Original Post Date: 2005-01-17 Time: 05:20:08 Posted By: Jan[This is so ridiculous. It either shows the complete and utter paranoia on the part of the black government or their desire to cause trouble and to insinuate that whites are stockpiling weapons.
The people arrested are two white men and a woman… who run the little museum. The weapons involved have, in some cases, been on their books since 1947! Duh!!
The so-called “tanks” are: a Ferret armoured car, Eland 60, Eland 90 and a Ratel. To explain: A Ferret is a teeny weeny little armoured car… about the size of a Humvee or smaller. An Eland 60 and 90 are armed with 60 and 90mm guns. A Ratel is an armoured personnel carrier. None of these are real “tanks”…
It is amazing that this little museum and its staff take such good care of the old weapons. I have only once visited the little museum and I thoroughly enjoyed it with its selection of WWII weapons. My favourite exhibit was a little German 1-man submarine from WWII – the likes of which I have never even read about in any military books. No doubt… the museum academics were getting weapons from recent “Apartheid” S.African history to put in the museum… And now the paranoid/mad/trouble-making government wants to accuse them of what? Trying to “stock-pile” weapons to take over this country with? With what? 4 Armoured cars? You must be joking… Jan]
Johannesburg – Investigations were continuing into the origins of some of the artefacts at Johannesburg’s SA National Museum of Military History, an SA National Defence Force (SANDF) spokesperson said on Monday.
This follows a raid last week and the arrest of the museum’s director John Keen and curators Richard Henry and Susanne Blendulf under laws governing the way military items are disposed of.
The arrests followed information that the museum held “war-capable weapons and vehicles” and that some of the items were shown on military records to have been destroyed.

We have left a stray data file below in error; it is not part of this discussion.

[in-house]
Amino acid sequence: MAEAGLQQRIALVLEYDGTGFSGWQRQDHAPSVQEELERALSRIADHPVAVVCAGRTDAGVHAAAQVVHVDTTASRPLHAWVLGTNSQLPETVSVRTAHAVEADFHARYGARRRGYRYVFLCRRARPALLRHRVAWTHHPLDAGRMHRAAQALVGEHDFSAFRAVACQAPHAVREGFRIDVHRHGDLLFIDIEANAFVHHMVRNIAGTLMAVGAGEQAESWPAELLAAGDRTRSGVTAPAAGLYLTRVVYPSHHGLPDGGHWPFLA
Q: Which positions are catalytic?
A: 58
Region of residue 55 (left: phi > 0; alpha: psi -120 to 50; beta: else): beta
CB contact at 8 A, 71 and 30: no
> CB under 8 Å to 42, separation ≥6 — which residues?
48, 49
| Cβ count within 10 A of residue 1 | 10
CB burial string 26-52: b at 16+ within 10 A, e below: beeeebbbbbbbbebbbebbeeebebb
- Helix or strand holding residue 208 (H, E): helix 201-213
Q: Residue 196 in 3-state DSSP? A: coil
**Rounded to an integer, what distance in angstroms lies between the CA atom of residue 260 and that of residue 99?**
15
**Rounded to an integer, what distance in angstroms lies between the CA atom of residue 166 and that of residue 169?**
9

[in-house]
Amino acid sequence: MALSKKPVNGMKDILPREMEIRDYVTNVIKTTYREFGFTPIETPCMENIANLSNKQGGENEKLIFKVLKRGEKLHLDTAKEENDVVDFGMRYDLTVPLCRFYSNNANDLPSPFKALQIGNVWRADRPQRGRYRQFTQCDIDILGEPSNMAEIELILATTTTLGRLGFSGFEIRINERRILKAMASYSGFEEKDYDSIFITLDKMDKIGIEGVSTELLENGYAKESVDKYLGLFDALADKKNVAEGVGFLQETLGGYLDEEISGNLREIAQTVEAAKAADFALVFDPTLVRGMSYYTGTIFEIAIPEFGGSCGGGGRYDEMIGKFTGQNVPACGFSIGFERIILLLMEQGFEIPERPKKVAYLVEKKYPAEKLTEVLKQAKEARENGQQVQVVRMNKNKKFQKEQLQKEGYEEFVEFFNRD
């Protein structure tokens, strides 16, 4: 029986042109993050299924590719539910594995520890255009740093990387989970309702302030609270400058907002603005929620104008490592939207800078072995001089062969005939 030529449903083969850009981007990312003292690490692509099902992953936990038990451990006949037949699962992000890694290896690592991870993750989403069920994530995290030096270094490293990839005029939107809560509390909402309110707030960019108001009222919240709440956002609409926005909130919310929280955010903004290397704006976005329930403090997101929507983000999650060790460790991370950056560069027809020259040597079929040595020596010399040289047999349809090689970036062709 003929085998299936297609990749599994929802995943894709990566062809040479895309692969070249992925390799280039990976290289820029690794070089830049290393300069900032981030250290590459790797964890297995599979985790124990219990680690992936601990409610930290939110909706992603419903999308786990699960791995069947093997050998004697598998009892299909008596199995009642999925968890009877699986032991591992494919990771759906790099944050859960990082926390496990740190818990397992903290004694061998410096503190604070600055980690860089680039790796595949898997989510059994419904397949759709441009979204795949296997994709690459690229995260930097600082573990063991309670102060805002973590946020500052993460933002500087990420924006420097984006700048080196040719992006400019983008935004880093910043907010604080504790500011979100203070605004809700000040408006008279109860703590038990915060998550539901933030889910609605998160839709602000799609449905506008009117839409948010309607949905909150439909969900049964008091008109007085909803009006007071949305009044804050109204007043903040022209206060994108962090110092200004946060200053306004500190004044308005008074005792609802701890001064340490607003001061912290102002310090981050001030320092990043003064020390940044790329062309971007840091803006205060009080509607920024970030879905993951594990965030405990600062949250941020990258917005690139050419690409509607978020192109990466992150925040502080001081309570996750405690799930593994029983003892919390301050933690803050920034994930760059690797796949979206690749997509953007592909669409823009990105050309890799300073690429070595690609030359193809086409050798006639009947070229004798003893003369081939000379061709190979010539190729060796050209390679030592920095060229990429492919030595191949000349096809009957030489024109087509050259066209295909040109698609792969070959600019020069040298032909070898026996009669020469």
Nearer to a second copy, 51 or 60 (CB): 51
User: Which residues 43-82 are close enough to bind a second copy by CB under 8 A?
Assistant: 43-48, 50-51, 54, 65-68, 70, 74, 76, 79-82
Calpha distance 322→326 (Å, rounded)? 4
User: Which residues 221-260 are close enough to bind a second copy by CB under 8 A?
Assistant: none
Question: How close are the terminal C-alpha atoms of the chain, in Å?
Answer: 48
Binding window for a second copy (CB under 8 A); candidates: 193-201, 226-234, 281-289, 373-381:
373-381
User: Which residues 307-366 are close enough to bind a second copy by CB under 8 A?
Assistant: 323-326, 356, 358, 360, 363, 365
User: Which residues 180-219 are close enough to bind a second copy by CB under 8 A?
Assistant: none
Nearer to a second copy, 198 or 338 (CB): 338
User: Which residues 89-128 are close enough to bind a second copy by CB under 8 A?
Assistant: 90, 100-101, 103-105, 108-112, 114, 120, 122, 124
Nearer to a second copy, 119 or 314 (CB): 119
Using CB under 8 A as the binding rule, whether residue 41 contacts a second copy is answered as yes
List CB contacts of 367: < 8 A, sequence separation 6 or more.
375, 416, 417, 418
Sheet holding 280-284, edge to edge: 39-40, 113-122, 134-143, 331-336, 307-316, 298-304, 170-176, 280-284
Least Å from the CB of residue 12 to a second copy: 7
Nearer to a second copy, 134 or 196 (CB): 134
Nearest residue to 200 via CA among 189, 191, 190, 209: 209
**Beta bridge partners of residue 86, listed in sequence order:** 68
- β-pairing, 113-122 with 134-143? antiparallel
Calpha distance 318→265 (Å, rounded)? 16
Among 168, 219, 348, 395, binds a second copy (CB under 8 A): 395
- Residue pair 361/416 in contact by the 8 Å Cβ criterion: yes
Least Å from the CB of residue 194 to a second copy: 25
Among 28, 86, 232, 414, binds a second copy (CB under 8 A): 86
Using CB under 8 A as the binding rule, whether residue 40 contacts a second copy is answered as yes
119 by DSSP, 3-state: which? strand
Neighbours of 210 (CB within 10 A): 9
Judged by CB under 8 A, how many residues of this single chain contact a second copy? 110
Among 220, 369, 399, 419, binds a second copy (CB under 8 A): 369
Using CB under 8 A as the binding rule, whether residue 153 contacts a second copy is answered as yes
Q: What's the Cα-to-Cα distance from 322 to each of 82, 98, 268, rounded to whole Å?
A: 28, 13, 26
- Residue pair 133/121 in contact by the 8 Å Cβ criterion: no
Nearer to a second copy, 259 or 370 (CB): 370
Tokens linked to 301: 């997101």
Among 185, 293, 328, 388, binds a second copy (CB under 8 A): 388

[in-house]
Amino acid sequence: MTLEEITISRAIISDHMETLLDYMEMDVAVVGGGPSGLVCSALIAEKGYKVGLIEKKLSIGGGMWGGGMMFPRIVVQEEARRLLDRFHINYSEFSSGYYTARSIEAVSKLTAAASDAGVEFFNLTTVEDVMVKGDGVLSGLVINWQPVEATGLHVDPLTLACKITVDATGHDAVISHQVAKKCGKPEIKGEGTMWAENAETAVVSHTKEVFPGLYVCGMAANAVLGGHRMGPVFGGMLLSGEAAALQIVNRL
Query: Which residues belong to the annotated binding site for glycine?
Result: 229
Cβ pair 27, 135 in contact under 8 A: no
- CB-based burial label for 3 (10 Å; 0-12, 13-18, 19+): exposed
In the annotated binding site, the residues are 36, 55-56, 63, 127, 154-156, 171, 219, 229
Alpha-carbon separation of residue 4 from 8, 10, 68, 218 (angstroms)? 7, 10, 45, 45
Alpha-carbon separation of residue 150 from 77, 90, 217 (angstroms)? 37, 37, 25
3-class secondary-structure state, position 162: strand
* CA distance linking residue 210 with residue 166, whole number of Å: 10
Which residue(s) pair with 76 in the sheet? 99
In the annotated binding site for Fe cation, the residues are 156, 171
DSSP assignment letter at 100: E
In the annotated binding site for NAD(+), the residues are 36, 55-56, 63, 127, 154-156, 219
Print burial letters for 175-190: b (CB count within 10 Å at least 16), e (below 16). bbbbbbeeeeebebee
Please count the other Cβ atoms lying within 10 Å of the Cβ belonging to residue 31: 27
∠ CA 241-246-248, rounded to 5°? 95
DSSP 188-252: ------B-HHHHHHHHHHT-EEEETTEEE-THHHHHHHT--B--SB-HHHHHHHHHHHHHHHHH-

Some of the items seized include four tanks. These are still in the possession of the SANDF and will remain there until the investigation is finalised, said Colonel Louis Kirstein.
The three people arrested were released from custody on Friday afternoon without being charged.
Kirstein told Sapa last week that according to SANDF information the equipment seized was in working order “meaning they can be used for the purpose they are intended for”.
The museum’s acting director Sandy McKenzie said the four vehicles had been disarmed.
Acquired since 1947
They were an Eland 60, and Eland 90 and a Ferret – all light armoured vehicles, as well as a Ratel infantry fighting vehicle.
Most of the small arms under threat of confiscation, including pistols, machine guns and rifles, had been disabled – except for “one or two” that had just came into the museum’s possession.
All the contested items were recorded on the museum’s acquisition books – some since 1947.
In December Sapa reported that the museum’s staff regularly start up a selection of their restored fleet to keep them in running order and on occasion invited the public to watch them do so – a highlight for children and for military enthusiasts.
Museum staffers also devoted time to restoring the vehicles.
In December, the museum, run by the department of arts and culture, had 18 vehicles in running order and planned to rehabilitate more.
The confiscated Ratel was used by the old SA Defence Force in the Angolan war, and many of the small arms were antiques and irreplaceable.
Further items were expected to be confiscated on Monday but Kirstein said only that “investigations are continuing”.
Comment from the museum and the department of arts and culture was not immediately available.